Book review – The Jazz of Physics – Stephon Alexander

Every now and then a little gem of a book comes along with a great concept, and this is no exception, the sub title says it all: “The Secret Link Between Music and the Structure of the Universe” and a fascinating concept it certainly is.

Jazz of Physics

Review – The Jazz of Physics – Stephon Alexander

Well Physics was my best subject at school and music was my evening study. So this book really interested me. It is surprising just how many top flight physicists are also great musicians, Einstein played violin to a high standard, his love was Mozart. From the other angle, John Coltrane was intensely interested in mathematics and physics, which drove his unique take on Jazz.

This is the journey this book takes you on, in many ways the personal journey of the author, from growing up in the Broncs with Rasterfarian dreadlocks to meeting his first mentor who’s office had a picture of Einstein on one wall and Coltrane on the other.

My biggest surprise was reaching chapter 6, an entire chapter about Brian Eno and cosmology! Brian loaned Stephon his bicycle indefinitely and one of the great things about this book are the stories Stephon tells.

You are not going to get away with an easy read on the physics side, though everything is understandable and well explained.

I really loved this book and the writing style is very compelling, it hits the right balance between the physics, the music and the stories. I feel Stephon has a lot more to say on the subject, and look forward to any follow ups. The question is who would I recommend this book to? Just about any musician who wants to see a little further into the links with physics and Jazz, and free thinking.

About the Author – Dr Stephon Alexander

Stephon Alexander

Stephon Alexander was born in Trinidad, and moved with his family to the Bronx when he was eight. He went through the public schools in New York and counted himself lucky to have had the science and math teachers he did. He remembers many of his high school teachers as having advanced degrees so they could talk about everything from the fundamentals of physics, to what was cutting edge.

“I think growing up in a very diverse background in the Bronx really made a difference because in my field, it’s so international,” Alexander said.

After he finished high school, he went to Haverford College in Pennsylvania. Starting out he was unsure of what path to take.

“I had really no ambitions to become a physicist,” Alexander said. “I knew I liked physics, and I knew it came a little bit easier than some of the humanities. But I didn’t really think I was going to be a physicist.”

Then during his freshman year, he met physics professor Lyle Roelofs, who became a role model for Alexander.

“He worked me very hard. He had very high expectations but at the same time he made it known to me that physics was available to me if I wanted to pursue it.”

At around the same time, Alexander was introduced to Jim Gates at a National Society of Black Physicists meeting. Gates made a major impression on Alexander. He realized that people of any ethnicity could be theoretical physicists.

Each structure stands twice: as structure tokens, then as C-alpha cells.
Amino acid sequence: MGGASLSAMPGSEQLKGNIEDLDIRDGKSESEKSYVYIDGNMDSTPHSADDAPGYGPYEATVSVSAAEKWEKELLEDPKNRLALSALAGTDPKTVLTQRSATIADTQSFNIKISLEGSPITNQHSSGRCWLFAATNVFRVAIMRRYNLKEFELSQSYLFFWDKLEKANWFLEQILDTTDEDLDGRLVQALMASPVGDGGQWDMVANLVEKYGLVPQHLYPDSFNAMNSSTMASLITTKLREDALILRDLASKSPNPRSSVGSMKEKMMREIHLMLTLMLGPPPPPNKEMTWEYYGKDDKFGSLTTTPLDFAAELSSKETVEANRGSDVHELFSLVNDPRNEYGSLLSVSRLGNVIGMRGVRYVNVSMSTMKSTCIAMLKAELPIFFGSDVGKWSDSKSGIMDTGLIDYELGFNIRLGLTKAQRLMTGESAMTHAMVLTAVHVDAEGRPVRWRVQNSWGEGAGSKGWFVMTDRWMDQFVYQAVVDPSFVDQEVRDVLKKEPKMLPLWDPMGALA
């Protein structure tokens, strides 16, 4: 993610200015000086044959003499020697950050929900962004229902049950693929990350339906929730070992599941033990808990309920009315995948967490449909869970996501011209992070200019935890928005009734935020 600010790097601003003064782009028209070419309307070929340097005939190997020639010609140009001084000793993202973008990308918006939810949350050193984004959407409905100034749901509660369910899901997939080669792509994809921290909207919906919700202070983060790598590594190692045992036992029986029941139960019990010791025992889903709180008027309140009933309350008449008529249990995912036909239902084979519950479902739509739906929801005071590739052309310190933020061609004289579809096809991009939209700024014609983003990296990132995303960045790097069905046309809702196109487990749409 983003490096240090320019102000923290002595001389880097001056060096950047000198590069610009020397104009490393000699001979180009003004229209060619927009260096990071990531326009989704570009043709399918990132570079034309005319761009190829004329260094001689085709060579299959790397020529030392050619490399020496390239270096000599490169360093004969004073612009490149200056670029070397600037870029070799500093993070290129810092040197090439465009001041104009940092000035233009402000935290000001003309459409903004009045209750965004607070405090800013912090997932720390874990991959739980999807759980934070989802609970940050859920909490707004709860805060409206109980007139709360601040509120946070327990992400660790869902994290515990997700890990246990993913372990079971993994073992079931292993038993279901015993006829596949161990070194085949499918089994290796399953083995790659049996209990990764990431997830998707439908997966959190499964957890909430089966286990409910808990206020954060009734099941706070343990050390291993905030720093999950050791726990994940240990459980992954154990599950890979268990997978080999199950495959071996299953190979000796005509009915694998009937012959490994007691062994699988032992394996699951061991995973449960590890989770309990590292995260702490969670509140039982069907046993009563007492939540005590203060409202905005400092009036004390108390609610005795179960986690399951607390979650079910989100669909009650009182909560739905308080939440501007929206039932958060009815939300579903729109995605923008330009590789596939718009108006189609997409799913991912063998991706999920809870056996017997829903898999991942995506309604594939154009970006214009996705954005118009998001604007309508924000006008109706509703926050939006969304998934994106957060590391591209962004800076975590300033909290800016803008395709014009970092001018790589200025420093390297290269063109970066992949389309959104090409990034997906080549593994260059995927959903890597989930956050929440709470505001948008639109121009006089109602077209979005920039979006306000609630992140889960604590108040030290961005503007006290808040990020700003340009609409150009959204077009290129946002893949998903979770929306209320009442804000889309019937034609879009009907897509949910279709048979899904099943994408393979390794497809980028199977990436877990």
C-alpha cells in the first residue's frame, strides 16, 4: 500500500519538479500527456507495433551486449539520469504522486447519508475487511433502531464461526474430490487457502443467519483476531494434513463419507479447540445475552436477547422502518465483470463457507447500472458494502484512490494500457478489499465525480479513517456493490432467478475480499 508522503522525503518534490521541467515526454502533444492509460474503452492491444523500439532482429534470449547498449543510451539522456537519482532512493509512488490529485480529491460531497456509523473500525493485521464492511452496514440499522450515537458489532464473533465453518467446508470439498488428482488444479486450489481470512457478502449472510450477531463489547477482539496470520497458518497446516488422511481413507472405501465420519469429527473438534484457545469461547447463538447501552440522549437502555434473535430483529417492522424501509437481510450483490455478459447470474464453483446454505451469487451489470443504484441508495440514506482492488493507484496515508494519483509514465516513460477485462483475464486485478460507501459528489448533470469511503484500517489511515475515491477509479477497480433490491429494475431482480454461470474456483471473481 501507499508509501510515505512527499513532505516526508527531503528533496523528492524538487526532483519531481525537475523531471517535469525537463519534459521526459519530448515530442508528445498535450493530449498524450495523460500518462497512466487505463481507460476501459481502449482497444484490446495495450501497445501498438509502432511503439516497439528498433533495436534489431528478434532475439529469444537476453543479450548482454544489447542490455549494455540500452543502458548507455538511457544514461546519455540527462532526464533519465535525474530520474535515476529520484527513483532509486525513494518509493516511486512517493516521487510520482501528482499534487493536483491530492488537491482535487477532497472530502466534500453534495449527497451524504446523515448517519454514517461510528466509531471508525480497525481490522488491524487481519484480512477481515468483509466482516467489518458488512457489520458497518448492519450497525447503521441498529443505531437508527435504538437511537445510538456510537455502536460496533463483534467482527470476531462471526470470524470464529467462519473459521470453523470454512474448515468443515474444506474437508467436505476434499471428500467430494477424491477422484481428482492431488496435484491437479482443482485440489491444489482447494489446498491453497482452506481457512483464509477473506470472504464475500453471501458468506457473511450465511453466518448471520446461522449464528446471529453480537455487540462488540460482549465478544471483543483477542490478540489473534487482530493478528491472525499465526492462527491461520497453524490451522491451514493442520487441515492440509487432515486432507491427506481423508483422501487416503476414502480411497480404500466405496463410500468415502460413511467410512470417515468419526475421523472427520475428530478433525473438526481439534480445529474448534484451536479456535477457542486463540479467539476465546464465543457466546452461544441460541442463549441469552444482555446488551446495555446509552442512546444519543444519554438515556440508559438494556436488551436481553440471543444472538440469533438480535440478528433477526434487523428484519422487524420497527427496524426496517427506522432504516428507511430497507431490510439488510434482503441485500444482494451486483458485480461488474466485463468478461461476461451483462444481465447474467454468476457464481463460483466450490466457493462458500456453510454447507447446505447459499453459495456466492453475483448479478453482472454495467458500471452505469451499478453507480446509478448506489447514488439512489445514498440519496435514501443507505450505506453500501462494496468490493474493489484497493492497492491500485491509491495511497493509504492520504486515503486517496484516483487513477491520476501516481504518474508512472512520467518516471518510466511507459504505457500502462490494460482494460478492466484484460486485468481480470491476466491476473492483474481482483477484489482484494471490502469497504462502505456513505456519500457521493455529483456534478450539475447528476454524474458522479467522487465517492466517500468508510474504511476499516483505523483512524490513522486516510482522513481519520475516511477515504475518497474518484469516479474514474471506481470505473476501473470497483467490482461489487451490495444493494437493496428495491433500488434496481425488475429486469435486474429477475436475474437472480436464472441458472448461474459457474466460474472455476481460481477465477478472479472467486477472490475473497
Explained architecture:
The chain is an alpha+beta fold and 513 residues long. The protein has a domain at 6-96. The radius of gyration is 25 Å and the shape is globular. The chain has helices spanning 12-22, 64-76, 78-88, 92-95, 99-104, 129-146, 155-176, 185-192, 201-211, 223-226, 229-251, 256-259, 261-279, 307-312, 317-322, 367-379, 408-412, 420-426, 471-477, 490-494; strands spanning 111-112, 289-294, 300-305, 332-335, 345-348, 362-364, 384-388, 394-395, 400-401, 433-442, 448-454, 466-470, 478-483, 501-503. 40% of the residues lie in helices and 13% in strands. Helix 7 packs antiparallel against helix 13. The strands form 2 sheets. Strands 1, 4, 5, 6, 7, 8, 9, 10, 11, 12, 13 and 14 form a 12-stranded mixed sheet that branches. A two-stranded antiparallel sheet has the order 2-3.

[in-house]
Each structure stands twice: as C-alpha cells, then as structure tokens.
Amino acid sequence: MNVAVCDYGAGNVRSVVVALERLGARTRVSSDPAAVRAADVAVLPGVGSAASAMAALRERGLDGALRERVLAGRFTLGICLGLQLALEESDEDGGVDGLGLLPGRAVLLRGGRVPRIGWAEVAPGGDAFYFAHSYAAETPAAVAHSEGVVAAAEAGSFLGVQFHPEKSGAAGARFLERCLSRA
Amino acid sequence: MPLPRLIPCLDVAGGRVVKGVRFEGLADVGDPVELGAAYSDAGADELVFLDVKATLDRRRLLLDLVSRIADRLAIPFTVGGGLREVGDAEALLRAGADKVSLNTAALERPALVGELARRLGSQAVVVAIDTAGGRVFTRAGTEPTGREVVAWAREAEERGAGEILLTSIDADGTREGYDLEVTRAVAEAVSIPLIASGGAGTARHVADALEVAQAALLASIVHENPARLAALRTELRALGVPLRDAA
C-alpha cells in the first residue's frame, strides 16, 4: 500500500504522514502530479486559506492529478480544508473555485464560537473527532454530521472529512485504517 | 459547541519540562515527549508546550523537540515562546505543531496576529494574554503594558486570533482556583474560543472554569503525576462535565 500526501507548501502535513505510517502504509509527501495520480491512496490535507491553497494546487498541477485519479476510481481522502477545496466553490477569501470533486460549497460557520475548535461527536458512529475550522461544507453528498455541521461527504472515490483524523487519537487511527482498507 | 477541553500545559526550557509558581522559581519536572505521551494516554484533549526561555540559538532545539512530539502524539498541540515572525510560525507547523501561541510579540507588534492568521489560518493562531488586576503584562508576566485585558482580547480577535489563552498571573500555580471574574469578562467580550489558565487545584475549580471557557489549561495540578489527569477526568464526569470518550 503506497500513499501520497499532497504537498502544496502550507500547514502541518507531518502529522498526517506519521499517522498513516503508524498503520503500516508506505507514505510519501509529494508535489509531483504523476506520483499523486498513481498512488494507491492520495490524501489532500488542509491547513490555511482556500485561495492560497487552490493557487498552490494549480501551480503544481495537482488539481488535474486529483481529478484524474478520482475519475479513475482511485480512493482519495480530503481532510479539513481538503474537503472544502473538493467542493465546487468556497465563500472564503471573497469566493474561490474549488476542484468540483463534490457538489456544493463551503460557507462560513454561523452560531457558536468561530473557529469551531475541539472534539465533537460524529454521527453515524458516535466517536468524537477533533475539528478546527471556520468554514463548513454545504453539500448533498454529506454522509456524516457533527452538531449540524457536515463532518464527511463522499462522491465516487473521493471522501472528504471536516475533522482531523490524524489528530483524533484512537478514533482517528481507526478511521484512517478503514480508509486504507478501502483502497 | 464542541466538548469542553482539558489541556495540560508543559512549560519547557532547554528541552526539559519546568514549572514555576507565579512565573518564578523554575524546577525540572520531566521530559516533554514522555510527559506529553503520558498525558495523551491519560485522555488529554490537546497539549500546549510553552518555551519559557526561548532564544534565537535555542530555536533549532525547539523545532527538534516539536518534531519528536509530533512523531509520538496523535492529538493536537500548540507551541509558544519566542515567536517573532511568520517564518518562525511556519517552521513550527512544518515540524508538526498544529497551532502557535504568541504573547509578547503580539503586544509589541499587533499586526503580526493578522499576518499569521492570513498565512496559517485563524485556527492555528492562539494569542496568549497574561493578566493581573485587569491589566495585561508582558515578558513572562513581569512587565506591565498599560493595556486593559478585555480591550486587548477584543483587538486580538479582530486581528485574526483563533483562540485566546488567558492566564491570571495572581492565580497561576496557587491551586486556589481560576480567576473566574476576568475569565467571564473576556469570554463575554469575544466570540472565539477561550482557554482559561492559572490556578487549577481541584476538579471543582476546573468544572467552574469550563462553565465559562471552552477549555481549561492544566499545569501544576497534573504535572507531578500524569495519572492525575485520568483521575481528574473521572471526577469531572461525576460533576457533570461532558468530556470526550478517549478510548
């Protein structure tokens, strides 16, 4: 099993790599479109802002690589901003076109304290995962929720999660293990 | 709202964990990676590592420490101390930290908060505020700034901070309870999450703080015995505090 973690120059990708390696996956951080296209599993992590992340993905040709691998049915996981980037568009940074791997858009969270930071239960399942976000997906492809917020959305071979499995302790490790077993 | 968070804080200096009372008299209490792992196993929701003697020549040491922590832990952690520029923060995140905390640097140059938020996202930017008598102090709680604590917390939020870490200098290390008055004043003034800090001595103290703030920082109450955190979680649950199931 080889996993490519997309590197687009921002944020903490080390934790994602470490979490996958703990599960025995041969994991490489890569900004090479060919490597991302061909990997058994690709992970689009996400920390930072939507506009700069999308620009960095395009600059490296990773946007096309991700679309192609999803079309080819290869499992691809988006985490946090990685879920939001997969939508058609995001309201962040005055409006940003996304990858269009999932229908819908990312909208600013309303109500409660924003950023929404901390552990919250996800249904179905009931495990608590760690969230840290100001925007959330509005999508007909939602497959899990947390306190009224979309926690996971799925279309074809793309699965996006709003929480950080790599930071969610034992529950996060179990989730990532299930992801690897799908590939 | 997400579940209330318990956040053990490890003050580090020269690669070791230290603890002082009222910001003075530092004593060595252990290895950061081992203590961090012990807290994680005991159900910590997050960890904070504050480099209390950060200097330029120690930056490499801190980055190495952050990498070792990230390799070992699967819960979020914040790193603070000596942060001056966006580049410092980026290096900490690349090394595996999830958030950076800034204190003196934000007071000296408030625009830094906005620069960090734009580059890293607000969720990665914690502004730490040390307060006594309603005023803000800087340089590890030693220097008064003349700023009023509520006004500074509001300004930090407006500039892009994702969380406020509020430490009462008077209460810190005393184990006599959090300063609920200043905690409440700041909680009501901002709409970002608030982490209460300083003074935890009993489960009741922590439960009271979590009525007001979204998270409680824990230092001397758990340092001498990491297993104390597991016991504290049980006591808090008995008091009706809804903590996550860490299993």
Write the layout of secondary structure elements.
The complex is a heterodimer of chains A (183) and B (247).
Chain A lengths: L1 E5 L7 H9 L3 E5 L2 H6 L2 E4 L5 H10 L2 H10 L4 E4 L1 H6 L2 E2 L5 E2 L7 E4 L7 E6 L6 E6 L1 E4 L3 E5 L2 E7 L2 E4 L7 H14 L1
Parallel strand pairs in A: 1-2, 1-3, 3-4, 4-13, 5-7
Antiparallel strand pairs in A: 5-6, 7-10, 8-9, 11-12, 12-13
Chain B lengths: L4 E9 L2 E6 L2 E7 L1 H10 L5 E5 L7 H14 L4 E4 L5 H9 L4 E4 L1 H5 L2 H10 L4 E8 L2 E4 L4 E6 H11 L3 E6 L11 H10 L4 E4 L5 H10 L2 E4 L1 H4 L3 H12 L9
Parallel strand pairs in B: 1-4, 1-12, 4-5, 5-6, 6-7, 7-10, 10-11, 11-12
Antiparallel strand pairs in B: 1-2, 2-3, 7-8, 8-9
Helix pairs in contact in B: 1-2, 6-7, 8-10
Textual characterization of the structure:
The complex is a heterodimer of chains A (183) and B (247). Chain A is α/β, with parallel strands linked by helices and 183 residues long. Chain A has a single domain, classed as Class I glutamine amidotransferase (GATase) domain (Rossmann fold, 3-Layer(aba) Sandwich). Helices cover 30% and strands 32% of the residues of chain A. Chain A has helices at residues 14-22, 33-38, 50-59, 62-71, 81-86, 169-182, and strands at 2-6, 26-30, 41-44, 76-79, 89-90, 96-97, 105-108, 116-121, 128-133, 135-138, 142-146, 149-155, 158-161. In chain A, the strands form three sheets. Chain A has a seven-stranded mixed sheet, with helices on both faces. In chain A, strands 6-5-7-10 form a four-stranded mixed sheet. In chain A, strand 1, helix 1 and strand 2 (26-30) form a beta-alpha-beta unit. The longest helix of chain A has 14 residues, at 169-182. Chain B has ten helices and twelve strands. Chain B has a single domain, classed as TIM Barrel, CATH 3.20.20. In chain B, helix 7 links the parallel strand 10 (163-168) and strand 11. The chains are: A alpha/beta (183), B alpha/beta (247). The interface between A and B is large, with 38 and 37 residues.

Alexander delved into studying physics, and was involved with research for three of the four years he was at college. After receiving his BS, he went to Brown University initially with the intent to study experimental quantum optics.

Stephon Alexander with Tenor Saxophone
Stephon Alexander – Tenor Saxophone

Once he arrived though, his focus changed and he started researching neuroscience with Nobel Laureate Leon Cooper. Alexander got his first real taste of cosmology when he decided to write his dissertation on neural networks applied to large-scale structures in the universe.

He traveled to Imperial College in London for his postdoc, where he studied how cosmic inflation could arise from string theory. During the summers, he worked on string theory at Columbia University with Brian Greene.

After his stay in London, Alexander traveled to SLAC to continue pursuing the connection between the origin of matter in the universe and inflation after the Big Bang. It was there that he started thinking about handedness in nature. Only one force, the weak force, has a preferred handedness. Alexander postulated, however, that gravity might be a sort of sister force to the weak force and might also have a preferred handedness in certain quantum regimes.

“It’s going to be a new unified theory between gravity and the weak interaction,” Alexander said.

After SLAC, Alexander held faculty positions at Penn State and his alma mater Haverford, before accepting the Ernest Everett Just 1907 Professor of Natural Sciences chair at Dartmouth.

When not unraveling the mysteries of quantum gravity, Alexander has been also been delving into the mysteries of music. He’s been working with mathematicians at Berkeley looking for organizing principles that might apply to music harmonic structure.

“Why and how music works in terms of principles of physics?” is the central question he’s been looking at. “It’s also a good teaching tool. It’s a good way to get students interested in physics.”

He’s also been working on his own jazz album with a producer in New York.

“It’s important for me to pass on the torch and to mentor other minorities in physics and in particular to identify and have some PhD students of my own from those backgrounds.”


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Book Credits

Author: Stephon Alexander © 2016
Publisher: Basic Books
ISBN-13: 978-0-465-03499-4
Format: Hardback 256 pages

Links (Website)


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